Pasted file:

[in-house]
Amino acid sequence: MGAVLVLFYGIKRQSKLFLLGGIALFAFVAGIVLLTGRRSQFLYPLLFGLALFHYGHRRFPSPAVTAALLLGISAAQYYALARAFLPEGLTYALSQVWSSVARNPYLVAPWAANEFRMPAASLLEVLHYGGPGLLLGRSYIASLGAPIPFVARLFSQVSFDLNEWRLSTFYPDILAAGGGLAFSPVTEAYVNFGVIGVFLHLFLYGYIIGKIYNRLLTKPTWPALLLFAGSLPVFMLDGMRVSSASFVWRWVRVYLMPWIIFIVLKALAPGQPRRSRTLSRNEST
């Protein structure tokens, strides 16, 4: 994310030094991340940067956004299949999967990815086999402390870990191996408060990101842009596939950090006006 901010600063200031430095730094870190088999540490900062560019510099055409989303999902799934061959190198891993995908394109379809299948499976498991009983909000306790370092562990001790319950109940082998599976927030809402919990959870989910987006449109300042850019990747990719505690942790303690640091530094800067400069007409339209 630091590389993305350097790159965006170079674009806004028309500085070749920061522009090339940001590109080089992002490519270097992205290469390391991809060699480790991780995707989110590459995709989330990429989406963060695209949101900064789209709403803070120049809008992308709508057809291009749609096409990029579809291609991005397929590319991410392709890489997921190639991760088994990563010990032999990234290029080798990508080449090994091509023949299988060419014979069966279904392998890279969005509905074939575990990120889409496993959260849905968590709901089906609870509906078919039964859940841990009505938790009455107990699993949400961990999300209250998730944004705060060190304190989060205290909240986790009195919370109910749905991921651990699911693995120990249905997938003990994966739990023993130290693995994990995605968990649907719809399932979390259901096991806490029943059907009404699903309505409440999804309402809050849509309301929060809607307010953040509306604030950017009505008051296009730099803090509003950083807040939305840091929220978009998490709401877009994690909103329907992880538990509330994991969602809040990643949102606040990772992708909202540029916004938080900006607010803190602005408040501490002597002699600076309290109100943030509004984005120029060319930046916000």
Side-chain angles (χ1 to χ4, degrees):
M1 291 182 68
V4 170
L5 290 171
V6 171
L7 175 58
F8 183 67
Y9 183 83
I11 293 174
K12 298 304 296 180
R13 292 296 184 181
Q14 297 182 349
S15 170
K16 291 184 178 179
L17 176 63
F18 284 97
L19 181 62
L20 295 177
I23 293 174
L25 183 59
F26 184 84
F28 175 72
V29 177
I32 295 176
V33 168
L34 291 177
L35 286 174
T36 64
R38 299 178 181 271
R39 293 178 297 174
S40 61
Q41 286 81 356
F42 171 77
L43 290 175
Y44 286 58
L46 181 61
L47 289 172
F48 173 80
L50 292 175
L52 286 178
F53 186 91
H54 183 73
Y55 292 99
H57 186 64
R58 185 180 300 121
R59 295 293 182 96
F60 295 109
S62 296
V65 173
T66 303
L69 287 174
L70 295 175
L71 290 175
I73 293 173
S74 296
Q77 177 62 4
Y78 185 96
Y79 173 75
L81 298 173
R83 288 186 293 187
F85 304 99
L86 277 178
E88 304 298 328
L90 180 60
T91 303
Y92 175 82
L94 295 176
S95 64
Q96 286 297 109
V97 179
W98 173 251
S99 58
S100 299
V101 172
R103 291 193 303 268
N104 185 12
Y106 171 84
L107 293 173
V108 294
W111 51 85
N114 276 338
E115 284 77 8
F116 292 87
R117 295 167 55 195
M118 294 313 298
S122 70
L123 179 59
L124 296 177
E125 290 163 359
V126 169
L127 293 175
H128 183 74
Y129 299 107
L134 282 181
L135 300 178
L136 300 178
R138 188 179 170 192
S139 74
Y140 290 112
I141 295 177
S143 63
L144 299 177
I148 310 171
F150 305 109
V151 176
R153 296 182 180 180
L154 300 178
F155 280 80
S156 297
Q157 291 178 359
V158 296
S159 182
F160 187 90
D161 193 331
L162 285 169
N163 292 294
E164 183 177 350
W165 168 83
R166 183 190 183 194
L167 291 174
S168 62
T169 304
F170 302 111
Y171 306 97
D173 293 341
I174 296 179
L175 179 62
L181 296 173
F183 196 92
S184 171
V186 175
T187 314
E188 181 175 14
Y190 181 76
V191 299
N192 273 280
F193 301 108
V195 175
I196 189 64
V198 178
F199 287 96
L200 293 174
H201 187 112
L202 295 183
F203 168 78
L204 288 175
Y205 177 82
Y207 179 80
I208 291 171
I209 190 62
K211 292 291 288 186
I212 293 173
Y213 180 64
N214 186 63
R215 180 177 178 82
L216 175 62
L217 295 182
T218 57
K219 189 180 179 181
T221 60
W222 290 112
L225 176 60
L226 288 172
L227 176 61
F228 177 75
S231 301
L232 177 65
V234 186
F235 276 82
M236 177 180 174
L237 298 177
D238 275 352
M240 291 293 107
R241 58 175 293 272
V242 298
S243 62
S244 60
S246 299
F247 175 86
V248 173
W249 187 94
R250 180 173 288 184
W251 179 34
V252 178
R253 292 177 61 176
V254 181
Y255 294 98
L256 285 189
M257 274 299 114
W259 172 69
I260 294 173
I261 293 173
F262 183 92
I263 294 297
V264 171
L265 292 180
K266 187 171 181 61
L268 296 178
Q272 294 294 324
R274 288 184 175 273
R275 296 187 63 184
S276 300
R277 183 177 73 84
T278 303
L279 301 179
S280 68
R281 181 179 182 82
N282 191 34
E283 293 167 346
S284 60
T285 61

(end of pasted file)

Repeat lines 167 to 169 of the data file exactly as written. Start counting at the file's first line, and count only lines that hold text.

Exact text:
L227 176 61
F228 177 75
S231 301